Tags: IRS | fraud | scam | tax

IRS: Beware of the ‘Dirty Dozen’ Tax Scams

Friday, 29 Mar 2013 09:52 AM

By Michael Kling

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The IRS released its annual “Dirty Dozen” tax scams in an effort to protect taxpayers from the many forms of scams.

Some scams occur year round, but many types of tax scams spike during tax-filing season, the IRS warns. Some involve theft of identities or financial. Others entail tax preparers filing bogus information on forms.

The top 12 tax scams are:

Editor's Note:
The IRS’ Worst Nightmare — How to Pay Zero Taxes

Identity theft. Someone steals your personal financial information like your name or Social Security number to get your tax refund or to commit fraud or other crimes.

Phishing. Criminals use emails or fake websites to gather personal financial information they use for identity theft or financial theft. The IRS does not use email, text messages or social media to request financial information.

Return preparer fraud. Unscrupulous preparers steal identities or commit refund fraud. Use only preparers who sign the returns and enter their IRS Preparer Tax Identification Number.

Hiding income offshore. Tax evaders hide income in offshore banks, brokerage accounts or nominee entities. Others use foreign trusts, employee-leasing schemes, private annuities or insurance plans.

“Free Money” and Social Security scams. Claiming they can obtain “free money from the IRS,” scammers encourage filers to make false statements. They also sometimes promise non-existent Social Security refunds or rebates. After they fraudsters are long gone, the claims are ultimately rejected.

Impersonating charitable organizations. Following natural disasters, scammers run bogus charities to solicit money or financial information over the phone or by email. They may tell disaster victims they can help file casualty loss claims and get tax refunds.

False or inflated income and expenses. Including income that was never earned, either as wages or as self-employment income in order to maximize refundable credits, is another popular scam.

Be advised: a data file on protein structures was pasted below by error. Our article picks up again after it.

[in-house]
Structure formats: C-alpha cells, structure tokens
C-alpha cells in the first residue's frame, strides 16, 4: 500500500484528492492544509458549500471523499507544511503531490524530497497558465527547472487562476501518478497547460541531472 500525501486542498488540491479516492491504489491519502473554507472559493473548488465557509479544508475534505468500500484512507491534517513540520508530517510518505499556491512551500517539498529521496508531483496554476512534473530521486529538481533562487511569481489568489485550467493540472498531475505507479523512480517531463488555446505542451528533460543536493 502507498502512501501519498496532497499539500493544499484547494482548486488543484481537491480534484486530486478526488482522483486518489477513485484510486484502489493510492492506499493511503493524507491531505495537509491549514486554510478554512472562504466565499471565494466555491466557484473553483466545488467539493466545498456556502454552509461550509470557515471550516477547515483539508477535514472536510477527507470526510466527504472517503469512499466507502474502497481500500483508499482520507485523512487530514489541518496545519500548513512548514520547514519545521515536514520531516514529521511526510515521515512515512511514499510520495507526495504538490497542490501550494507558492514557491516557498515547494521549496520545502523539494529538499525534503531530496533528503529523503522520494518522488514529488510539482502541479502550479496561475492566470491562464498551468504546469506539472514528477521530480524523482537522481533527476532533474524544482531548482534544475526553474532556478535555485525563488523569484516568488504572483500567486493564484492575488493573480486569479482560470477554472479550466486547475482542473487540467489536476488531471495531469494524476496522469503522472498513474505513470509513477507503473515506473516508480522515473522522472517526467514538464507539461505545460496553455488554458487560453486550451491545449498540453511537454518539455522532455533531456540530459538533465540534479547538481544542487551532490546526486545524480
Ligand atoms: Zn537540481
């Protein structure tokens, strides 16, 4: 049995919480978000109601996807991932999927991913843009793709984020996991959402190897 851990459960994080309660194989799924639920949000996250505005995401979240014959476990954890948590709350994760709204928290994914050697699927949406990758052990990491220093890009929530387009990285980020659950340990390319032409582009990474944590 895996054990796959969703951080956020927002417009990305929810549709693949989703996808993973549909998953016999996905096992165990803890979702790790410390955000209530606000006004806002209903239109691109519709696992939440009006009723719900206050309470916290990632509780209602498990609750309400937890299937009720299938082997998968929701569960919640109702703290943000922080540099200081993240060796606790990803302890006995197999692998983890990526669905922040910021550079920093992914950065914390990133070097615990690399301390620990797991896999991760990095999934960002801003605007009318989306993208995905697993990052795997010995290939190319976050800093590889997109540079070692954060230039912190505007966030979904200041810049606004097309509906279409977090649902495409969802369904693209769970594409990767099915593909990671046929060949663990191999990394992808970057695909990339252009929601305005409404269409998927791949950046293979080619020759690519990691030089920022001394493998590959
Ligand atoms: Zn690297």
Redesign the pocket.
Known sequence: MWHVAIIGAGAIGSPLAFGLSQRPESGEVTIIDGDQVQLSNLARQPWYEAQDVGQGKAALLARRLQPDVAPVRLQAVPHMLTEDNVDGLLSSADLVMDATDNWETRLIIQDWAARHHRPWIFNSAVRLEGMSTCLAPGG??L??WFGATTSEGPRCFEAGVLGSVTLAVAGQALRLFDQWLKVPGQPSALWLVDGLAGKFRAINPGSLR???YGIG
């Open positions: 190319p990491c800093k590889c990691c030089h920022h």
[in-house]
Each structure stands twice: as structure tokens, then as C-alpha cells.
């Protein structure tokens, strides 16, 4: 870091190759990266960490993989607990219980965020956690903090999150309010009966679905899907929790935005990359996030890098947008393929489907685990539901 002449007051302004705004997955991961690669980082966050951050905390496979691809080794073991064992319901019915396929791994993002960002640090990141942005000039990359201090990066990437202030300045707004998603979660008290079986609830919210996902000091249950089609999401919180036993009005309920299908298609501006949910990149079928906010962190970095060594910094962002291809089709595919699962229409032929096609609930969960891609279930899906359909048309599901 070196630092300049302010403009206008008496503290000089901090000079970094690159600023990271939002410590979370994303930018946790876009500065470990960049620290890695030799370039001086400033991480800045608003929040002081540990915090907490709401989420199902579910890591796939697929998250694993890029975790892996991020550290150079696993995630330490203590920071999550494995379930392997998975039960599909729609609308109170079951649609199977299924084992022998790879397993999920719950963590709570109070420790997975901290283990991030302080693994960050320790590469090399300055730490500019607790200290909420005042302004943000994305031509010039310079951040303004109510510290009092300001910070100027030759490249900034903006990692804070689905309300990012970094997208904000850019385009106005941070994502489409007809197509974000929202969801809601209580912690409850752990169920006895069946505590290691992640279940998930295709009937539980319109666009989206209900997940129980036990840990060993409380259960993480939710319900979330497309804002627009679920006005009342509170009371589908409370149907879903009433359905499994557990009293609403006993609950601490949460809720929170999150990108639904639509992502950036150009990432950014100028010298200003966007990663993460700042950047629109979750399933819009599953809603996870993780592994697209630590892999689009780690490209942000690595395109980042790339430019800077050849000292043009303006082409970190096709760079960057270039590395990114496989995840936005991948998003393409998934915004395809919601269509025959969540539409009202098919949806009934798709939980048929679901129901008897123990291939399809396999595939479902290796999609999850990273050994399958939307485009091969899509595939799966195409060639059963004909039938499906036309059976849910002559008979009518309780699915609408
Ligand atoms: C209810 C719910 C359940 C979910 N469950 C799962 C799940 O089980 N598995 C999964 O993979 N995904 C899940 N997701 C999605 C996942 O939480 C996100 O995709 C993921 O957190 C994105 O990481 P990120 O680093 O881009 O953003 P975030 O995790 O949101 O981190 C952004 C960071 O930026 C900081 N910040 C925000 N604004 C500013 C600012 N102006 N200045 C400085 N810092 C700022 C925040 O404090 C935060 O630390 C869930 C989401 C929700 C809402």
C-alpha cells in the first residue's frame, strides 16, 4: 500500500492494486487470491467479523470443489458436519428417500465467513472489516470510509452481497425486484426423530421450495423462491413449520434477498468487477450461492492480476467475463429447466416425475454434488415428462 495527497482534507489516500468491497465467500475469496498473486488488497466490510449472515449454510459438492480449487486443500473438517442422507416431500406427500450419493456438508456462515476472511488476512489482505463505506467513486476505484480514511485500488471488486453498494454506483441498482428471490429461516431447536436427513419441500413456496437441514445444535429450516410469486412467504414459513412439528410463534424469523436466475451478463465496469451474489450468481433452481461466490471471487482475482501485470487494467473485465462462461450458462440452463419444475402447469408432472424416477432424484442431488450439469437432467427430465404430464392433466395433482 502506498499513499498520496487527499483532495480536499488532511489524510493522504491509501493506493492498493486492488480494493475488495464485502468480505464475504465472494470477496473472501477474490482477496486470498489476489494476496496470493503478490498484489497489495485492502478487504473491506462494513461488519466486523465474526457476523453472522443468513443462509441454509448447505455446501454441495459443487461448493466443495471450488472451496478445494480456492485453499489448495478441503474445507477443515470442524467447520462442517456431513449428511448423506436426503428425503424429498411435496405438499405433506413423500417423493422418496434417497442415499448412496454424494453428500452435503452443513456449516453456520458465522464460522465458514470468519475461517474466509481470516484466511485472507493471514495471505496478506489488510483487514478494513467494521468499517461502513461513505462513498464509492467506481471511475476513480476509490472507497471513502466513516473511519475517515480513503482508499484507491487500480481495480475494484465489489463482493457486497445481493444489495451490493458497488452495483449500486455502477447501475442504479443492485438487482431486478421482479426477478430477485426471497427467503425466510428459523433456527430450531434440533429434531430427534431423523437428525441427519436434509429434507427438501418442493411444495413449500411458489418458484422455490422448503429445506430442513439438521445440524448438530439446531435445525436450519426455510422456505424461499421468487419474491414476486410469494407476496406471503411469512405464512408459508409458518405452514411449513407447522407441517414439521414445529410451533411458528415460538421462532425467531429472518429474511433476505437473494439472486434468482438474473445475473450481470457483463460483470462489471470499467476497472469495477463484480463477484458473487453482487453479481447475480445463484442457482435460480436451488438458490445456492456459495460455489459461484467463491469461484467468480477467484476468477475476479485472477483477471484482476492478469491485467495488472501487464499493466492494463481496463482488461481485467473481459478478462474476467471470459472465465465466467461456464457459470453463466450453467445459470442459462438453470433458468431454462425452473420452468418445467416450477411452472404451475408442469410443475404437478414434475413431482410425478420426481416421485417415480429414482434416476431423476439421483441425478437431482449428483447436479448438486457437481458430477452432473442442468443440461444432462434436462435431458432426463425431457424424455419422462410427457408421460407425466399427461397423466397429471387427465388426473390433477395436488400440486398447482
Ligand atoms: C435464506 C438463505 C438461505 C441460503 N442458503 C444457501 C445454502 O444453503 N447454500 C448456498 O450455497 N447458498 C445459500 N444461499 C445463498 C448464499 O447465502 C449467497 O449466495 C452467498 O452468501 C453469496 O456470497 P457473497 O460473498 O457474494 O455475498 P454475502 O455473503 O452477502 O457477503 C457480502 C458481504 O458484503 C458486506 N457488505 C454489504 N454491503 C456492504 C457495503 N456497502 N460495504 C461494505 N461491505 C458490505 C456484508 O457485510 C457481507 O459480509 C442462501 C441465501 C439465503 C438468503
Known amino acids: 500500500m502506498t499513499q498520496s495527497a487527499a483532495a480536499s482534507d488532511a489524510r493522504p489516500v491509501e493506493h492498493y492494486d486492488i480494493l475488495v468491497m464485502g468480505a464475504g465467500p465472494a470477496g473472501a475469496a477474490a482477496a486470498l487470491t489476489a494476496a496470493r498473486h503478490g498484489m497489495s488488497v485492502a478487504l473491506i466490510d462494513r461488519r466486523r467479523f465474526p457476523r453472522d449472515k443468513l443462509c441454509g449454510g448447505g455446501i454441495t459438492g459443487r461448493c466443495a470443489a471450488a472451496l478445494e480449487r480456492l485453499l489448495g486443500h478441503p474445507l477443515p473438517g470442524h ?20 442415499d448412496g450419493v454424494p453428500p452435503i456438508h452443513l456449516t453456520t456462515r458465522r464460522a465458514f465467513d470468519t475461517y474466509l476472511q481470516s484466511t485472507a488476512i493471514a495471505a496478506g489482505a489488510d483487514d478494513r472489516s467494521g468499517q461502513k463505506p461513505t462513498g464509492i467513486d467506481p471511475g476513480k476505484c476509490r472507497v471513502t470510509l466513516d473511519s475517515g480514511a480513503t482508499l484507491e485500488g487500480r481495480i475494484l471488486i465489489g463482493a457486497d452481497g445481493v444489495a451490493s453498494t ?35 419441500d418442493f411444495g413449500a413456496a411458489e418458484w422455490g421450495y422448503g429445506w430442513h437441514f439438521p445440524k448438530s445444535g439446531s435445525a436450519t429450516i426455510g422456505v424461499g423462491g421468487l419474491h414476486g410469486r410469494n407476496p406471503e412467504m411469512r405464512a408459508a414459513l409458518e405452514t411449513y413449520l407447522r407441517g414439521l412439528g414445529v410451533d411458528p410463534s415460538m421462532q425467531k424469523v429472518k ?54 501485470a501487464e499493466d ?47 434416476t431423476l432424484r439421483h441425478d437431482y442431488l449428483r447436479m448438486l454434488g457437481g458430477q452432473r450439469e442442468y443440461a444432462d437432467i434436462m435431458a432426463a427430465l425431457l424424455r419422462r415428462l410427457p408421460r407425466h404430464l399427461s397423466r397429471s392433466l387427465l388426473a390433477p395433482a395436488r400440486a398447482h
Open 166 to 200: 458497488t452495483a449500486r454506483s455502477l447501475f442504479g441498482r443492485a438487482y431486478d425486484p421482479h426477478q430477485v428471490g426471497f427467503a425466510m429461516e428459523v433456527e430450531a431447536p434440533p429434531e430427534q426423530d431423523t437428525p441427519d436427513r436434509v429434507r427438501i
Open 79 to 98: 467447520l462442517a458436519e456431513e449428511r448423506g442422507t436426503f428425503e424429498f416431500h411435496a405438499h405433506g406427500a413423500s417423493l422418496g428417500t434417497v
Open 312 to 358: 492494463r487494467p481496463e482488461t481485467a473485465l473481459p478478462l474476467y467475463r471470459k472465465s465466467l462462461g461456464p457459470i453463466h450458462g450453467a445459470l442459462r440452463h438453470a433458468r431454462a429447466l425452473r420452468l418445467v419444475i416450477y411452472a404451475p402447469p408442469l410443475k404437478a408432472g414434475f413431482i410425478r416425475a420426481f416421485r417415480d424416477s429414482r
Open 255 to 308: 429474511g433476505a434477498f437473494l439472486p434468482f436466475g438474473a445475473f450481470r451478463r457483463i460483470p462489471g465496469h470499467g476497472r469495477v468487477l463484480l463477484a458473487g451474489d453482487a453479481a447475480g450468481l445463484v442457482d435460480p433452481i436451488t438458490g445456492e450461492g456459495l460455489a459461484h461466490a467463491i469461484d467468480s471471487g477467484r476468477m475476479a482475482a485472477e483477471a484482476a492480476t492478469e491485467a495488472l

False Form 1099 Refund Claims. Perpetrators file a fake information return, such as a Form 1099 Original Issue Discount, to justify a false refund claim.

Frivolous arguments. Promoters encourage taxpayers to make unreasonable and outlandish claims to avoid paying taxes.

False zero wage claims.
Typically with this type of scam, a Form 4852 (Substitute Form W-2) or a “corrected” Form 1099 is used to improperly reduce taxable income to zero.

Disguised corporate ownership. Third parties are used to request employer identification numbers and form corporations that obscure the real ownership of the business and evade taxes.

Misuse of trusts. Although some trusts are legitimate, others are highly questionable.

New York Attorney General Eric Schneiderman urges tax filers to investigate tax preparers before picking one.

“While there are plenty of legitimate and law-abiding tax preparers doing business, there are some who use the allure of fast cash to take advantage of unsuspecting consumers,” he stated in a press release. “When hiring tax preparation services, consumers must have as much information as possible to protect themselves from fraud, and should file a complaint if they feel they’ve been victimized.”

Editor's Note: The IRS’ Worst Nightmare — How to Pay Zero Taxes

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